Europe’s growth after the second world war was supported by an extensive industrial policy. Its objectives were the development of a large manufacturing base in the emerging industries of the 1950s and 1960s ― steel, auto, and chemicals, the typical sectors of “Fordist” production ― and, in the 1970s, the development of new activities in electronics, aircraft and biotechnology. At the same time, industrial policy has provided telecommunications and transport networks, a crucial infrastructure for modern economies, and a stable provision of energy which is essential in industrial countries with little energy resources. National policy tools that were adopted included an extensive role of state owned enterprises; support to private firms through financial and investment aid, R & D funds, public procurement, market protection; specific support for the development of new firms, new technologies, major new products. At the European level, an active coordination of such policies took place since the very first steps of European integration with the creation of the Carbon and Steel Economic Community (CECA) in 1951 and of a free trade area for most industrial goods in the six original member countries of the European Economic Community (EEC) in 1957, whose fast growing markets were offered a high trade protection from other producers. European industrial policy then evolved with various inter-governmental agreements; with a range of support initiatives and common regulations in specific sectors, aiming at the development of markets, industries and regions; with cooperation programmes in R&D and new technologies; with the creation of the Airbus consortium among four EU countries that has now become the largest world producer of civilian aircrafts.2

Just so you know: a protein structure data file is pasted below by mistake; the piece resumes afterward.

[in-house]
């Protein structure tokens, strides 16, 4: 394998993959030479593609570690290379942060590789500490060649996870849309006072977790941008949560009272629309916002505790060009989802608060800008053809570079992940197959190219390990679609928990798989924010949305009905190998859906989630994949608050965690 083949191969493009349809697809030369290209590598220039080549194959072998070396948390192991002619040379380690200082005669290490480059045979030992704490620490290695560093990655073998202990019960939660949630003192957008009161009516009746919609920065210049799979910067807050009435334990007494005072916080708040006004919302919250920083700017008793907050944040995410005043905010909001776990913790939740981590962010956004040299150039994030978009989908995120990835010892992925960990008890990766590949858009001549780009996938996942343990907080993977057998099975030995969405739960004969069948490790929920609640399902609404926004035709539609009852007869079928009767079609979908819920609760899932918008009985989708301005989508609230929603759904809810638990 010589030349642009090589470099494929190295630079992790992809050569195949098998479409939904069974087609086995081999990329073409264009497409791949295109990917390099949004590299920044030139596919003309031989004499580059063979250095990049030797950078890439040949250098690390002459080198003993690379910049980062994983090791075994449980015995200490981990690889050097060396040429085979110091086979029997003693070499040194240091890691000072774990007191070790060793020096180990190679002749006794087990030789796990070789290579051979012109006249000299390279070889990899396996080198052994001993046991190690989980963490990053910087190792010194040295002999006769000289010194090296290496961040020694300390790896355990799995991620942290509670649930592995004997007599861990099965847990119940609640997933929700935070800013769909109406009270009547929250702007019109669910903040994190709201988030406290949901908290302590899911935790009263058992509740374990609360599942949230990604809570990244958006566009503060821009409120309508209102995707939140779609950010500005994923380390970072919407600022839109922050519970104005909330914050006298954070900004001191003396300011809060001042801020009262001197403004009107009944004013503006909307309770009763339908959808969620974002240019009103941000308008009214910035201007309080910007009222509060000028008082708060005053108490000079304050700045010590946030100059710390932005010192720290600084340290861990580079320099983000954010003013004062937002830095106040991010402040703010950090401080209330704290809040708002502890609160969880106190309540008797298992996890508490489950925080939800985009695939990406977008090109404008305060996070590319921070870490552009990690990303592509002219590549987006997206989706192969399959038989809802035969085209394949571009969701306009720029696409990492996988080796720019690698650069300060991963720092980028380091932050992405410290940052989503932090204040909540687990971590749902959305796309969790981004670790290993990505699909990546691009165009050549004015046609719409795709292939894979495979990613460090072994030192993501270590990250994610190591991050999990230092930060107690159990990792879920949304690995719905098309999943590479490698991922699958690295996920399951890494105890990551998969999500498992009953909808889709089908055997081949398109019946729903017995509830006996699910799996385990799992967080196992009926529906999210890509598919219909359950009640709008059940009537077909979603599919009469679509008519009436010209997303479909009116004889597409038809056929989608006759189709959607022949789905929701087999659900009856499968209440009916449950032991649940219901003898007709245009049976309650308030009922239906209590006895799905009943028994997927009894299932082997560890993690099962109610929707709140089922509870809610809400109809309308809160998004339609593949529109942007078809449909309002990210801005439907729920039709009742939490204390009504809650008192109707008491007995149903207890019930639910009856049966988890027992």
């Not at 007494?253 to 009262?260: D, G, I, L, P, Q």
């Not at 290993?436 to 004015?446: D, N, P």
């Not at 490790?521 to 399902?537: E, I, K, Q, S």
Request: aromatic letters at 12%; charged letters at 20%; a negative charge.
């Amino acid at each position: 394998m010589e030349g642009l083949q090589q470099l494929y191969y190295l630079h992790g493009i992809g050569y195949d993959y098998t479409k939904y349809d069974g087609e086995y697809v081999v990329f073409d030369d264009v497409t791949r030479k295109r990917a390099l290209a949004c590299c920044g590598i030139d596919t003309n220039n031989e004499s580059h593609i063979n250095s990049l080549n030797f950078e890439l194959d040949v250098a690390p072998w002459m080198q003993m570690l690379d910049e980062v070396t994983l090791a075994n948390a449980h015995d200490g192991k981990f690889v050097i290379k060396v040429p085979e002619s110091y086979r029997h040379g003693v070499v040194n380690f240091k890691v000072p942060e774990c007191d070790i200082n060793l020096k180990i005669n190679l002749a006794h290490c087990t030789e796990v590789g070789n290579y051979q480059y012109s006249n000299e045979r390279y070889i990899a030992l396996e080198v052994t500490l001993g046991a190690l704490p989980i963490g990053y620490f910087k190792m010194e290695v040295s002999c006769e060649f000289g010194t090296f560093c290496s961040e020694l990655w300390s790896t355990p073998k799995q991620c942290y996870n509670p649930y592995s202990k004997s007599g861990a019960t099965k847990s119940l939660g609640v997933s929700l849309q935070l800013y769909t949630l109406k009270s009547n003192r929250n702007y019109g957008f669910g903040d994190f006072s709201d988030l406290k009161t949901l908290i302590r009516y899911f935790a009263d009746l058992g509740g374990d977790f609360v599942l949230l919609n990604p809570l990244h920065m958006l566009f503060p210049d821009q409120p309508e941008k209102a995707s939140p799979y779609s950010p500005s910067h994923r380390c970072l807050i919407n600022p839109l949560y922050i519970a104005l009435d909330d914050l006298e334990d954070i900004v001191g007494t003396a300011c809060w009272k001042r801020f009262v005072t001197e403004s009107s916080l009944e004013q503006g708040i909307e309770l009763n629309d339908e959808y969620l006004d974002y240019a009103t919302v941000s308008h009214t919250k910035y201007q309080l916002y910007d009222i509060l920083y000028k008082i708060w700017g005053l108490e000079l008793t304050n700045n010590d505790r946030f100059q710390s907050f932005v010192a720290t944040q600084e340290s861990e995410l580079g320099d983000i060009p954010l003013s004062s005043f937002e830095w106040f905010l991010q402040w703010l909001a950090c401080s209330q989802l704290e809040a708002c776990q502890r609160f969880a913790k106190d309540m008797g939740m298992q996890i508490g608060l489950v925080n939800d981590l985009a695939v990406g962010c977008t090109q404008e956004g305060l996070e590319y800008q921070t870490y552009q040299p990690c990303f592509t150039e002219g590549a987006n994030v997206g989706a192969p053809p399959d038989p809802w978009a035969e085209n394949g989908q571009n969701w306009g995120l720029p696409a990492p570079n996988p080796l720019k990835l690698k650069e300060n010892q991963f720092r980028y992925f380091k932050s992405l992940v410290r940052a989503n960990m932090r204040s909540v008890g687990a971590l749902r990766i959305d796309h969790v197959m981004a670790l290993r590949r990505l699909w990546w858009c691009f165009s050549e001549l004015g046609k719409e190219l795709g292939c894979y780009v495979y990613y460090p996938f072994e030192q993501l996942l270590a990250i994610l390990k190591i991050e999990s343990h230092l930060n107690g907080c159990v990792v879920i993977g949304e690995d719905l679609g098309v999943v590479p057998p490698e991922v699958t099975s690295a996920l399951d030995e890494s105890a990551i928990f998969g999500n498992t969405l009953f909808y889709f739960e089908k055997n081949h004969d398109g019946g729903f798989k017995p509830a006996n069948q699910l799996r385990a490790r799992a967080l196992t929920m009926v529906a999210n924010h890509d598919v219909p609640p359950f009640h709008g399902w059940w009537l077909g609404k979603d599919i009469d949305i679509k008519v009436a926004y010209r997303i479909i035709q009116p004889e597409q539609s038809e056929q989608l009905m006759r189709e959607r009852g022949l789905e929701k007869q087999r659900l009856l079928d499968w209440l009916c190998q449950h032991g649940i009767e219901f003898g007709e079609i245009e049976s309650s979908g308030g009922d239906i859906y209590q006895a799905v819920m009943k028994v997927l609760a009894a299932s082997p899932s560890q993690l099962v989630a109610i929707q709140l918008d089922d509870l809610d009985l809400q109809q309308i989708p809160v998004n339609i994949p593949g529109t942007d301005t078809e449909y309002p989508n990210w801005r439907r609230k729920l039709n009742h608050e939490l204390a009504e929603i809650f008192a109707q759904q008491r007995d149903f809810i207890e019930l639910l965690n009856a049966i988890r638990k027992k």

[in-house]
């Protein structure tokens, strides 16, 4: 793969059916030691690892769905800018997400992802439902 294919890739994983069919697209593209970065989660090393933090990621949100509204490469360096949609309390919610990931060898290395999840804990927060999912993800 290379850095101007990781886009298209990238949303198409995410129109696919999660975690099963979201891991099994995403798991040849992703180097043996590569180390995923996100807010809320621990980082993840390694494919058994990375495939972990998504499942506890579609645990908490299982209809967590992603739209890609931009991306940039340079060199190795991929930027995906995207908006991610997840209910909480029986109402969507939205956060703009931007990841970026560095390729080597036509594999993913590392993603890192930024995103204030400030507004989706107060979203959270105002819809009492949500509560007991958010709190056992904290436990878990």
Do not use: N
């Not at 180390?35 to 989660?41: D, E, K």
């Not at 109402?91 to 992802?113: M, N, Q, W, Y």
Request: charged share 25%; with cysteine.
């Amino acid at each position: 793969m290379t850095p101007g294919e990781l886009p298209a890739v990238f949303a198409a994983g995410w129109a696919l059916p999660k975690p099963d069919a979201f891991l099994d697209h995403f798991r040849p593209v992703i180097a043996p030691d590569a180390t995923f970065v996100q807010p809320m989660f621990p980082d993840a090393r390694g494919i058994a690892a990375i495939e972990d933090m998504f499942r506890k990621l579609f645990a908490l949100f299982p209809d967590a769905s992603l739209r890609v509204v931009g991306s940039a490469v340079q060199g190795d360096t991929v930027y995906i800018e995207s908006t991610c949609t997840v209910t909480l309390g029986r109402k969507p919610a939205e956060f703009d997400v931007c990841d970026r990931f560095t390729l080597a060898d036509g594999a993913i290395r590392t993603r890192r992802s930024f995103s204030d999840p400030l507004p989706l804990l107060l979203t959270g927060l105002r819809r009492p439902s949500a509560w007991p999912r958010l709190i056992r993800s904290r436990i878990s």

The rationale for such policies was based on three major objectives and a wide range of policy tools. The aims included:
The policy instruments that were adopted in Europe can be summarised as follows:
The case of France is perhaps the most significant example of this strategy. In the post war period, state owned firms in France have been developed in electricity (EDF), telecommunications (France Telecom), steel, autos (Renault), aerospace (Aérospatiale, now merged in the European group EADS producing the Airbus) and several other industries. Protectionist attitudes, a strong public-private coordination, a major role of public procurement, strong support for higher education and technology diffusion have also been key elements of the French experience. French industrial policy has been highly successful in some fields; French high speed trains have been a model for all countries; French policies were at the source of Airbus’ success; in health sciences French research, drugs and services are highly advanced. Conversely, in information technologies France has shared the failure of all European countries in creating and sustaining firms able to confront the competition from the US and Asia. The main actors in French industrial policy have been the Ministries, sectoral agencies and state owned companies, often managed by graduates of the élite National Schools who play key roles in both public administration and private firms. Since the 1980s, France has strongly advocated the development of European level high technology programmes such as Eureka and the other EU initiatives in this field.